Then he told his story. Marohn once ran a planning firm that boasted four offices, 13 employees and was "doing the kind of planning I thought American cities needed." But in 2008, he was closing offices, laying off people and eyeing a mountain of debt. "I had this moment where I thought, 'I've got it all wrong,' " he said.
Marohn began blogging, partly to see "if there was anyone else out there." Few people were. On a good day, a post might get 100 hits.
But late one Sunday, he "finally got around to" writing a post that broke through. He described working as a municipal engineer in the mid-1990s, a job that included knocking on residents' doors and explaining why their street was about to get wider and faster — in the name of safety.
"In retrospect I understand that this was utter insanity," Marohn wrote. "Wider, faster, treeless roads not only ruin our public places, they kill people."
The post was picked up by bicycle advocates and others and suddenly, thousands of people had read it. They included Jeff Speck, a city planner who co-wrote "Suburban Nation: The Rise of Sprawl and the Decline of the American Dream" in 2000.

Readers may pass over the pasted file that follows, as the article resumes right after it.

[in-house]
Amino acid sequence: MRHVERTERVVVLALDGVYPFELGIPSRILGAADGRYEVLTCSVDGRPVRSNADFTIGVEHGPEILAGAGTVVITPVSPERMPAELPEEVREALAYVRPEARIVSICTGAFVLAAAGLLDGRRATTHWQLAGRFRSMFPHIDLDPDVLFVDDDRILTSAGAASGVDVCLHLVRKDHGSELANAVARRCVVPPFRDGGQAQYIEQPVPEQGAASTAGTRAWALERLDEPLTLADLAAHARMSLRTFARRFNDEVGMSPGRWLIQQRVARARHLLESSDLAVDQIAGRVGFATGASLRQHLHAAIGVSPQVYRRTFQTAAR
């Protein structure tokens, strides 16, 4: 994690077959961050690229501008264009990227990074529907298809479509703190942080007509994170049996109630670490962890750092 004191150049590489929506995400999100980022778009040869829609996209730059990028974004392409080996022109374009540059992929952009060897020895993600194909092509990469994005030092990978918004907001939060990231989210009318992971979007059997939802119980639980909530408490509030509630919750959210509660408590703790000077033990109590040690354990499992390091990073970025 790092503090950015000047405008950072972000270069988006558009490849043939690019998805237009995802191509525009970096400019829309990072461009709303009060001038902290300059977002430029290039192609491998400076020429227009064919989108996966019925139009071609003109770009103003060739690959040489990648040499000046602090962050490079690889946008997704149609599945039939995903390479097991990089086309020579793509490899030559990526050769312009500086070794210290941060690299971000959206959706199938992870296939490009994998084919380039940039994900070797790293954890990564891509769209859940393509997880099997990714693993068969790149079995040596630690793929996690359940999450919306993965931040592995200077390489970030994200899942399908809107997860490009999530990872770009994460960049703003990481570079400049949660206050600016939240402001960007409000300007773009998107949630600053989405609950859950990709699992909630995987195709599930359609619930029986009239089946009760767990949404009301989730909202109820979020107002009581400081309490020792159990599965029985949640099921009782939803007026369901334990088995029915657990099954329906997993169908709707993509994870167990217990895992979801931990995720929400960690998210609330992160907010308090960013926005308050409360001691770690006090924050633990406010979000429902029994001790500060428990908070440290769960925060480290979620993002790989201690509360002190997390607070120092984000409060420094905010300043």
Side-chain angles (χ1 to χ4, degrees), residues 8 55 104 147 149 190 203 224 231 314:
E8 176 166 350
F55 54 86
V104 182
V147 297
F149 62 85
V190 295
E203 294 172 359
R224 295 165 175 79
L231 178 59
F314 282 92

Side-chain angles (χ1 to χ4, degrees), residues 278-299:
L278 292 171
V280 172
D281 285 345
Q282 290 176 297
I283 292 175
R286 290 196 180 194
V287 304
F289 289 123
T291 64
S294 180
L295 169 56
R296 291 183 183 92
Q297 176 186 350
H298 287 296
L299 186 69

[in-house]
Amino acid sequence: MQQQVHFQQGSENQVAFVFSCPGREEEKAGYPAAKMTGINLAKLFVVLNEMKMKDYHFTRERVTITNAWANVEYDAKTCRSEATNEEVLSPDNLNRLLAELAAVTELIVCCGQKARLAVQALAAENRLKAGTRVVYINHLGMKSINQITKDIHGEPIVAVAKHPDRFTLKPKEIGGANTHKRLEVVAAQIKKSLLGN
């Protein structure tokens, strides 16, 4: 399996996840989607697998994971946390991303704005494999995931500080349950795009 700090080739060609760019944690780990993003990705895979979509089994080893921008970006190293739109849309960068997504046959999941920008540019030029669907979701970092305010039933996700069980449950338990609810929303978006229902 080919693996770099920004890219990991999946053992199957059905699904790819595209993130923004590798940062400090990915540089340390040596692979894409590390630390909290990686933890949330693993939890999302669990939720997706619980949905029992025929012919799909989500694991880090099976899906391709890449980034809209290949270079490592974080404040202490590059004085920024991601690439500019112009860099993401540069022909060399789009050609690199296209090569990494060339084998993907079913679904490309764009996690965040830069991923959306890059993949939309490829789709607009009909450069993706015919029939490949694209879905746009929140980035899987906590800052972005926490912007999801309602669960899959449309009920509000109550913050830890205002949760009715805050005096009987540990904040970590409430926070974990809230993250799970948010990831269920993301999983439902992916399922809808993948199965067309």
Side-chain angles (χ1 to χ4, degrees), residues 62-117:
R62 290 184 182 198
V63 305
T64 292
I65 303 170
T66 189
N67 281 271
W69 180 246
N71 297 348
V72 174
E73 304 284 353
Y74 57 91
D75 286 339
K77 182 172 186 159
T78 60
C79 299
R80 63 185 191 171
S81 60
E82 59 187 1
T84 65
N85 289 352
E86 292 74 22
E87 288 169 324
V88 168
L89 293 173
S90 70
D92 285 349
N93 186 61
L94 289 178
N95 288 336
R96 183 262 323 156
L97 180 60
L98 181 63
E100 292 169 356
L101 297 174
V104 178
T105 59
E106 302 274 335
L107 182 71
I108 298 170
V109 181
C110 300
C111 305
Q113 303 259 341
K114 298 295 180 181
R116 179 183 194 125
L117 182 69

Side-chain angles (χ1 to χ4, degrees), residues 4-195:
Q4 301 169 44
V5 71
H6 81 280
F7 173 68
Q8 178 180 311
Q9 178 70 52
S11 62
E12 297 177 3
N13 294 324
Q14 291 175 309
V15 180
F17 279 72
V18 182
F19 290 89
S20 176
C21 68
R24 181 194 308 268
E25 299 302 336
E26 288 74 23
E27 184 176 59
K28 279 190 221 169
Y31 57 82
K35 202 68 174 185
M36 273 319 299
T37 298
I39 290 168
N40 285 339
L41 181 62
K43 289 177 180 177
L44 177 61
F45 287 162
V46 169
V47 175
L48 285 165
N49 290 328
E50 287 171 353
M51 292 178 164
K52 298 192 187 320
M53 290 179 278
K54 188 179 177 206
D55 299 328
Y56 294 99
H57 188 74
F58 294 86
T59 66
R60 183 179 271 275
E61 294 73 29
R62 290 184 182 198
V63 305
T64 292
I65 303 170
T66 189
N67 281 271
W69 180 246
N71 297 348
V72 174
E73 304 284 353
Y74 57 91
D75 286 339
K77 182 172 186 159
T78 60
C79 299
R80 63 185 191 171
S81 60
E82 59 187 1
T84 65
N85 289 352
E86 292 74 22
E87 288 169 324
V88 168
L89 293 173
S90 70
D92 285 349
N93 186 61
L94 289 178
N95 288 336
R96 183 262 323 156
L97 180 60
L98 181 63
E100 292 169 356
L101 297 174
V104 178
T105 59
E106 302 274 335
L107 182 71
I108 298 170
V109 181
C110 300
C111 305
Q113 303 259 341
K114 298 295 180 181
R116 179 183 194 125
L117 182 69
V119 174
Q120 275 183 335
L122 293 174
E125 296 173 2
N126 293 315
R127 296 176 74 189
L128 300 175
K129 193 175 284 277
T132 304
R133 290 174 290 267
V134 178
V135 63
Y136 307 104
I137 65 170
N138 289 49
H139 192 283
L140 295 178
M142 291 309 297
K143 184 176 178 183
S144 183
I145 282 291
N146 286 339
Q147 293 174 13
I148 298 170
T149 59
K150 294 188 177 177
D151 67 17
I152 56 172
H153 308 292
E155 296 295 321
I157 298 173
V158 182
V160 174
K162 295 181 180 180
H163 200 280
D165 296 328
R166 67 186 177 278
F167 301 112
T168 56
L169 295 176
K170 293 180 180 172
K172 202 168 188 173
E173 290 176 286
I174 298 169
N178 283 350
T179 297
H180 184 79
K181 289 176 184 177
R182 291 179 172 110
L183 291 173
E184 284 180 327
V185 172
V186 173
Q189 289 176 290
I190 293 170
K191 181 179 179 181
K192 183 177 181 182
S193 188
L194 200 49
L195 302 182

"It was the most succinct and moving account I had ever read … on the utter intellectual bankruptcy of the traffic engineer," Speck said by phone. He included it in his next book.
Marohn could have made a career out of playing "the recovered engineer, bemoaning the influence of bad traffic standards," Speck said.
But he's moved beyond traffic. In a five-part series, he equated suburban development to a Ponzi scheme. He's predicted that abandoned suburban homes will be used for salvage material. Weighing in on Ferguson, Mo., Marohn focused on the city's aging, auto-focused infrastructure, arguing that the city's design led to poverty. "Once you understand that decline is baked into the process of building auto-oriented places," he wrote, "the poverty aspect of it becomes fairly predictable.
Marohn is "relentless in his communication," Lydon said. He blogs, podcasts, tweets. This week, he put out a 61-page e-book. By February, he plans to self-publish two more.
He speaks in plain language about complex topics — something the urbanist movement has not done well, said Lynn Richards, president of the Congress for New Urbanism.
"We haven't figured out a way to drop the technical and really talk about the fire in the belly. He took the story to the people."
Starting out, Marohn would do a talk for $50 and a hot dog, Strong Towns' executive director Jim Kumon joked. Today, his speaking fees make up three-fourths of a $225,000 budget. He began by giving the "Curbside Chat" to a handful of Minnesotans. Last year, he spent 92 days on the road.
Marohn is "gaining cult hero status" in the planning community, Leigh Gallagher wrote in her recent book, "The End of the Suburbs."
A city's 'horrible job'
In the auditorium, attendees split into small groups and answered this question: Why are you a part of Strong Towns?